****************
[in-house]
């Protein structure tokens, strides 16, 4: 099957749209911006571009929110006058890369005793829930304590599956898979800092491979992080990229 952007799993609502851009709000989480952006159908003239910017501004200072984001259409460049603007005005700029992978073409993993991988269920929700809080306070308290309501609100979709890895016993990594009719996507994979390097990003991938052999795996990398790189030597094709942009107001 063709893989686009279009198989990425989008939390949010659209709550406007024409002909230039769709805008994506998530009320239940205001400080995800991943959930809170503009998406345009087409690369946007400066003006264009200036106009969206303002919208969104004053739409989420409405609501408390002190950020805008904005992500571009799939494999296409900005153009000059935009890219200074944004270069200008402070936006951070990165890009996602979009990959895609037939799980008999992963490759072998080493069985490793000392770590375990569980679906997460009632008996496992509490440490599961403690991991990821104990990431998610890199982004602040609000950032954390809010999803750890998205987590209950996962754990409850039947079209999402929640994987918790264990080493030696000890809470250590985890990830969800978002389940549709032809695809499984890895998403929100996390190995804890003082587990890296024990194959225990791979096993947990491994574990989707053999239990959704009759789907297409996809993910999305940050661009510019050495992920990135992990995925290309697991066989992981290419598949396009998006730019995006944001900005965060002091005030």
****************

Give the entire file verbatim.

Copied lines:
[in-house]
């Protein structure tokens, strides 16, 4: 099957749209911006571009929110006058890369005793829930304590599956898979800092491979992080990229 952007799993609502851009709000989480952006159908003239910017501004200072984001259409460049603007005005700029992978073409993993991988269920929700809080306070308290309501609100979709890895016993990594009719996507994979390097990003991938052999795996990398790189030597094709942009107001 063709893989686009279009198989990425989008939390949010659209709550406007024409002909230039769709805008994506998530009320239940205001400080995800991943959930809170503009998406345009087409690369946007400066003006264009200036106009969206303002919208969104004053739409989420409405609501408390002190950020805008904005992500571009799939494999296409900005153009000059935009890219200074944004270069200008402070936006951070990165890009996602979009990959895609037939799980008999992963490759072998080493069985490793000392770590375990569980679906997460009632008996496992509490440490599961403690991991990821104990990431998610890199982004602040609000950032954390809010999803750890998205987590209950996962754990409850039947079209999402929640994987918790264990080493030696000890809470250590985890990830969800978002389940549709032809695809499984890895998403929100996390190995804890003082587990890296024990194959225990791979096993947990491994574990989707053999239990959704009759789907297409996809993910999305940050661009510019050495992920990135992990995925290309697991066989992981290419598949396009998006730019995006944001900005965060002091005030």